In the Gospel of John, which we heard today, everything points to the gift of Jesus to the world. For God so loved the world, the Son makes you free. No longer slaves, no longer in the darkness without light, no longer wayward and wandering. Free. There’s a tongue twisting passage later in John, when Jesus prays, saying, “All mine are yours, and yours are mine; and I have been glorified in them. And now I am no longer in the world, but they are in the world, and I am coming to you. Holy Father, protect them in your name that you have given me, so that they may be one, as we are one.” We carry the name of Christ, we carry the heart of God—God, whose love keeps the stars apart, but makes us one with Christ in love. The son shall make you free indeed, says Jesus today, but the freedom he means is not the freedom of the pioneer on the plains, clearing the land, tilling the field, the scourging of the Indians—this is the kind of freedom we typically imagine as Americans. Self-reliance, independence, dominance. We like to sing that we did it—well, my way. But God’s freedom is different. It is independence that also rejoices in interdependence. It is the kind of freedom that does not detract from the freedom of others but amplifies it and encourages it. It is freedom that a well-loved child enjoys in the home, freedom that citizenship confers on an alien, freedom that comes from home and belonging. How free we can feel when we sit down with people who love us, how free God truly makes us when he gives us his own heart to carry in ours—for when we become one with God as God becomes one with us in Christ Jesus, our Lord.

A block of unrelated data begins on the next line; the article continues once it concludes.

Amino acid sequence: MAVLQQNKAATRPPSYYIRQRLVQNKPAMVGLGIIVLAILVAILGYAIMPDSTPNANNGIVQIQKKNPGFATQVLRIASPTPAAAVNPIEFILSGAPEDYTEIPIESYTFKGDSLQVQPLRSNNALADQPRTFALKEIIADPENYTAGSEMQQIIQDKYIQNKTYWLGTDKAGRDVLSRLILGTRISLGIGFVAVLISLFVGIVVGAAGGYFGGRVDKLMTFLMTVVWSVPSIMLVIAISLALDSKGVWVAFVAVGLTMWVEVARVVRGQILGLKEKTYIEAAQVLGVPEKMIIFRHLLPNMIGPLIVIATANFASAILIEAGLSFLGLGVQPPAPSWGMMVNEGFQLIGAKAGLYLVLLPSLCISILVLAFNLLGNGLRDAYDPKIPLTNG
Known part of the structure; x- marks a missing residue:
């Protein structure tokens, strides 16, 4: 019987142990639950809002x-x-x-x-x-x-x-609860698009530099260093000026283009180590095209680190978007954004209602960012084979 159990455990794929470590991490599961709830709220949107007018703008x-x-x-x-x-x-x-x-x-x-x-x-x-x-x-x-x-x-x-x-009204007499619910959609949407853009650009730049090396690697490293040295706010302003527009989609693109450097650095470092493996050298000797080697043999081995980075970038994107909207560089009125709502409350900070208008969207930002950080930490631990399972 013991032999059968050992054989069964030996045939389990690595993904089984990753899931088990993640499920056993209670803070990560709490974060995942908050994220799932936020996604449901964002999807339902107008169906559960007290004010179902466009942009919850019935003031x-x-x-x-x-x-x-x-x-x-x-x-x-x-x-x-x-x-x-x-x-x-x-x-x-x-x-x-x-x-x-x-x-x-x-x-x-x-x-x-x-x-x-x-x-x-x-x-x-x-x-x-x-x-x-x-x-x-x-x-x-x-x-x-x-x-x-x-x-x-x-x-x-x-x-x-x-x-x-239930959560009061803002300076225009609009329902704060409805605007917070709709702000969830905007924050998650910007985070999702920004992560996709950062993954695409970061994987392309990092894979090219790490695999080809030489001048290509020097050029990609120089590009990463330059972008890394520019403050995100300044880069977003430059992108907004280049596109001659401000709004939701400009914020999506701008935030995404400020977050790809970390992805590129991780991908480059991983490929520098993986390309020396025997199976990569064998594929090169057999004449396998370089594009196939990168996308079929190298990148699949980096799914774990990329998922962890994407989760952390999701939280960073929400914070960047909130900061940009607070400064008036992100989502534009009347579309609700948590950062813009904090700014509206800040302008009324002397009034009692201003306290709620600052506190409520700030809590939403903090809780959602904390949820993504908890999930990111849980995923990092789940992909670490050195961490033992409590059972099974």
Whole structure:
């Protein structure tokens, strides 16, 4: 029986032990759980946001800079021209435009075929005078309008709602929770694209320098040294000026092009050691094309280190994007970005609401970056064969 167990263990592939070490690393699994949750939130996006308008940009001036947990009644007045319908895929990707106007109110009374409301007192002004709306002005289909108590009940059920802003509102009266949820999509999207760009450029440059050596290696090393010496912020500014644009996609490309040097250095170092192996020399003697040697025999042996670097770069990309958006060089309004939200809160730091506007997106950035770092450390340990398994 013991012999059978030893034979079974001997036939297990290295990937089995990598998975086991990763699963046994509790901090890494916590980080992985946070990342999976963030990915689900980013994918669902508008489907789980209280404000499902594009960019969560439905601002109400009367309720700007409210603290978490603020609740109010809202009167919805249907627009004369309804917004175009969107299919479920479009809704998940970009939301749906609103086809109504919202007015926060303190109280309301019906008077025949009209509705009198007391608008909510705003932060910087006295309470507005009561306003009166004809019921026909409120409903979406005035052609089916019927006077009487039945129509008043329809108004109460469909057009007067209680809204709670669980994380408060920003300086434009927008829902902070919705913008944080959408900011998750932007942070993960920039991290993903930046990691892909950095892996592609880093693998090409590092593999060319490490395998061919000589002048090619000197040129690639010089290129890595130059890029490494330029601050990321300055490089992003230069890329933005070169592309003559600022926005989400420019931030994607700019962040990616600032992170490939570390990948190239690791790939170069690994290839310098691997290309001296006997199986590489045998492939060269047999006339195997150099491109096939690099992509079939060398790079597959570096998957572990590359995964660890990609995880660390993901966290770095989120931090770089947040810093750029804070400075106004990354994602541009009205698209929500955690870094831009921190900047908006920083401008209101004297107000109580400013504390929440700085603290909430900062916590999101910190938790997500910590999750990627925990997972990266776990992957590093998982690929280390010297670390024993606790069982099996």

Don’t let this language of righteousness and justification we hear today, this language of sin and bondage, fool you. Love is really the root of the root and the bud of the bud of these passages. Sin, righteousness, justification, all these buzzwords of the Reformation, are gates to the love of God. Yes, even sin which cannot separate us from God in the end, since God will leap over the unbridgeable chasm to stand with us. Sometimes we need to explain these things in technical language, which we can do with clear minds, but sometimes we need clear hearts and poetry to tell us truth—sometimes we need language written directly on the heart, and sometimes we need to fall completely into those words, so completely that even the memory of sin, and righteousness, and justification disappear into forgiveness. God’s grace takes those wrongs out of existence even as God brings into existence the beauty and wonder of redemption.
It’s tempting, on Reformation, to break out the protestant flag from its glass case, and wave it around and pledge allegiance to the sound doctrine of the Book of Concord. And of course, I’ve made an oath to preach and teach according to Scripture, the creeds, and the confessions of the church, which we uphold as proper interpretations of Scriptures. But if those things mean anything, if Scripture is at holy, if holiness itself is real and if can both quicken and kill, then I have to tell you that the root of the root and the bud of the bud of every word that comes from Scripture and every true confession the church has ever made comes from the power of God’s love for the world and everything in it, a love that doesn’t ignore the fallenness of all things but rather redeems them in glory and unites them in spirit. If anything true about God can be said, it points to the cross, where love stands before us, with arms spread to welcome the afflictions and falsehoods of the world in order to give love and blessing in exchange. Amen.
The Reverend John Zachary Flack